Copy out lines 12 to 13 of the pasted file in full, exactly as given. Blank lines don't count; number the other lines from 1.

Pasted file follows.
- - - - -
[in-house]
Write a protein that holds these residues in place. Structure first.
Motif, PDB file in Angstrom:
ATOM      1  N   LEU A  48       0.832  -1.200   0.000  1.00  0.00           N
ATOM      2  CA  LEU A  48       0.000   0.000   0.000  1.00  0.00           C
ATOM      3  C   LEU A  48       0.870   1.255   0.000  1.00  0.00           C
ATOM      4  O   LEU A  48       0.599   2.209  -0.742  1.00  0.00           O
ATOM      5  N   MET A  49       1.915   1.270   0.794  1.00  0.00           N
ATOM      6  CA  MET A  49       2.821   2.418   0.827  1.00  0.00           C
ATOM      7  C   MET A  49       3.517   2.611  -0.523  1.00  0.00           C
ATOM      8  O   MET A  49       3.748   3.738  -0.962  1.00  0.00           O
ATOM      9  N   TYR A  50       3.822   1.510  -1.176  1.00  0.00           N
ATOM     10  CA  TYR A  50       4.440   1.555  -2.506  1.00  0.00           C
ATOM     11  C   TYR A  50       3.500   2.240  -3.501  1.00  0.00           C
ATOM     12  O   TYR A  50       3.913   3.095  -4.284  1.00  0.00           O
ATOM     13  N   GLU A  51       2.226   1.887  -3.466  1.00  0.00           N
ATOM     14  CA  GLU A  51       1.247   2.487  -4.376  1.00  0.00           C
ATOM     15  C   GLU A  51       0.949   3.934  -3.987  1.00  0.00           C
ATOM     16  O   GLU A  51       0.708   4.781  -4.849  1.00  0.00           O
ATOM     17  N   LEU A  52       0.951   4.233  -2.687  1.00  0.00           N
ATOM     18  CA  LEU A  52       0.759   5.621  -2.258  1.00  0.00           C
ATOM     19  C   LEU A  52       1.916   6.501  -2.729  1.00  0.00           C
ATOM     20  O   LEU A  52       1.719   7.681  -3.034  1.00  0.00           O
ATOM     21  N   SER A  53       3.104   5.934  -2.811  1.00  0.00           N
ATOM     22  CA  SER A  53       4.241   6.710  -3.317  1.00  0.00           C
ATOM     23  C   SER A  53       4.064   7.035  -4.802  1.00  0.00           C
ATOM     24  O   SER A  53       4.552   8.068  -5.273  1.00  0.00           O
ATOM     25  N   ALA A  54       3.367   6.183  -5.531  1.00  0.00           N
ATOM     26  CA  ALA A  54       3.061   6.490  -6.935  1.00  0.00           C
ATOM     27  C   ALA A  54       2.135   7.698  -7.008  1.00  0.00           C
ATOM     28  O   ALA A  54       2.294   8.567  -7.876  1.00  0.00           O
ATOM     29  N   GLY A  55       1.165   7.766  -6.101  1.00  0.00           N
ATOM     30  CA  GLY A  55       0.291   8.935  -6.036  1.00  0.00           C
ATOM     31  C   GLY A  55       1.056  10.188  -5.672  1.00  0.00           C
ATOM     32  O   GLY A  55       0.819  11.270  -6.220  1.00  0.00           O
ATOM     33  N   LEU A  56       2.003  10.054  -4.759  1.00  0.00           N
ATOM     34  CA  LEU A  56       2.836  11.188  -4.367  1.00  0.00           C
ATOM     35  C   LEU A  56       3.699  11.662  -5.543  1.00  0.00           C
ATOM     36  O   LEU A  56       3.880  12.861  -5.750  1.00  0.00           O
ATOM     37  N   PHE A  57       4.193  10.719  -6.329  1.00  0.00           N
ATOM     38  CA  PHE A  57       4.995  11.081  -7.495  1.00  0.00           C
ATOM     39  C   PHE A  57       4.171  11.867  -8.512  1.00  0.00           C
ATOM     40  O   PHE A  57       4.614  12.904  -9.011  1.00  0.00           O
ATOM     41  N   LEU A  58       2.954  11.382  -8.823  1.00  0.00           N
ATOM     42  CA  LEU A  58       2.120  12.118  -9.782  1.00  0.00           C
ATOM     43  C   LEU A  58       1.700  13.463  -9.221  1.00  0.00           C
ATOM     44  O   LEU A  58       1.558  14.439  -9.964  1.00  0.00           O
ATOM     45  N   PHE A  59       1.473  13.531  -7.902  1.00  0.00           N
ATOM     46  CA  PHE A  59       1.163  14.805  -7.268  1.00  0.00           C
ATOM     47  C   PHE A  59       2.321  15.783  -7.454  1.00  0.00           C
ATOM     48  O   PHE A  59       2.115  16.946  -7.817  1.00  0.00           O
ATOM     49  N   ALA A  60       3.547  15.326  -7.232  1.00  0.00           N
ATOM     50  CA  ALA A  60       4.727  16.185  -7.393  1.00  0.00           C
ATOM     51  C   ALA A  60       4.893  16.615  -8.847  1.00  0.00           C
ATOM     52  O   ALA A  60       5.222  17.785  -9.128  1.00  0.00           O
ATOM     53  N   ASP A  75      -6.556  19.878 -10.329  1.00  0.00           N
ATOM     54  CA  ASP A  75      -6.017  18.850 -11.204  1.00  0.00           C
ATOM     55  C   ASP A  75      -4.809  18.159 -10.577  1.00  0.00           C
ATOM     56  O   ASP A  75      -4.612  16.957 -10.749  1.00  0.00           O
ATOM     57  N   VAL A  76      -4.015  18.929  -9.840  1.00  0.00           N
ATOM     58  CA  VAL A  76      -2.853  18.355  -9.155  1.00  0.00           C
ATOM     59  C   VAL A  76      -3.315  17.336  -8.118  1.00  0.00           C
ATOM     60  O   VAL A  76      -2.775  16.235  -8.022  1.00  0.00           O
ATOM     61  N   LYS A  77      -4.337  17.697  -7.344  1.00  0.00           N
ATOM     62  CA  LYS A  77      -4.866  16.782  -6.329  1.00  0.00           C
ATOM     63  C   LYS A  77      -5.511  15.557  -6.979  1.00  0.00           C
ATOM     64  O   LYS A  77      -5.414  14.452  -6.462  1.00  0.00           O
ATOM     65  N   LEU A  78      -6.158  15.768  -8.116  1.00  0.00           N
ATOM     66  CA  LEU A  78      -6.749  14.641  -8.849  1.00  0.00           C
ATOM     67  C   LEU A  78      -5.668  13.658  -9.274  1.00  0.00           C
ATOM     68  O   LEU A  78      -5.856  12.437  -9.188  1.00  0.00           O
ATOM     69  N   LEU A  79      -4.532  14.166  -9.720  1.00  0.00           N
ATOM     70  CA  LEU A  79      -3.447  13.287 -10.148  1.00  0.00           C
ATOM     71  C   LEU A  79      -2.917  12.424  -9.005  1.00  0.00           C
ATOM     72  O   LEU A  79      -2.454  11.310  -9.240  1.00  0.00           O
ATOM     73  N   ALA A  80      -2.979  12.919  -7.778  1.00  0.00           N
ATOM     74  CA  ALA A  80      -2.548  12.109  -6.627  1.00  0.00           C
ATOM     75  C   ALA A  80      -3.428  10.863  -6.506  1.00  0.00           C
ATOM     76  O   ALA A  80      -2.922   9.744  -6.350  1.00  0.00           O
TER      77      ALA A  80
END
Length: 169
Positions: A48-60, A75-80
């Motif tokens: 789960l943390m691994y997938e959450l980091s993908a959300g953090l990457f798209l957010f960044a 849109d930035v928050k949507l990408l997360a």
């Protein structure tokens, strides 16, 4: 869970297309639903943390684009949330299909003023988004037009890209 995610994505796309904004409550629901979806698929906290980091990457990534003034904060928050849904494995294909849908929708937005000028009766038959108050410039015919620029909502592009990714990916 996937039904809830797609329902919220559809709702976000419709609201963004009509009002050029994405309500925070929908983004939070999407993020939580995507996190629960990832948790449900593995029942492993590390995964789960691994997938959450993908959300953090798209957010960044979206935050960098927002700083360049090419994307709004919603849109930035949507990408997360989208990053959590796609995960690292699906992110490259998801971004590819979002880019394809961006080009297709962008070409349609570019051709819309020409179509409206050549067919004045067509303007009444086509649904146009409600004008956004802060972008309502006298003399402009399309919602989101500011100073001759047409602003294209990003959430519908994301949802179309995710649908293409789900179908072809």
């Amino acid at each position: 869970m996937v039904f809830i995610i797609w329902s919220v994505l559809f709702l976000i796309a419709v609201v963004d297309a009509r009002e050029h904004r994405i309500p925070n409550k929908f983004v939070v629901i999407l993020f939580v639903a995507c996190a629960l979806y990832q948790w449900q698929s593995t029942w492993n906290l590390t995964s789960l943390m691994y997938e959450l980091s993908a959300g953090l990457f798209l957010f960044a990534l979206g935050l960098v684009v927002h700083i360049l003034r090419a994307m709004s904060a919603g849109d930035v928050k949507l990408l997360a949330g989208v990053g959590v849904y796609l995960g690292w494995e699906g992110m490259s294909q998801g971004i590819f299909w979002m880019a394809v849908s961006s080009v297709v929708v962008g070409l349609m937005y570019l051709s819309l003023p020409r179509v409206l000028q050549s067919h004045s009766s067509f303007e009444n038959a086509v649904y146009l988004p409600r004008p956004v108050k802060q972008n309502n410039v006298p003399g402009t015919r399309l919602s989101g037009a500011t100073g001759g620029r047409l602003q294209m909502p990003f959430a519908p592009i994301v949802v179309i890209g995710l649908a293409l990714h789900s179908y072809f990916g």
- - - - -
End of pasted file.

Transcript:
ATOM      9  N   TYR A  50       3.822   1.510  -1.176  1.00  0.00           N
ATOM     10  CA  TYR A  50       4.440   1.555  -2.506  1.00  0.00           C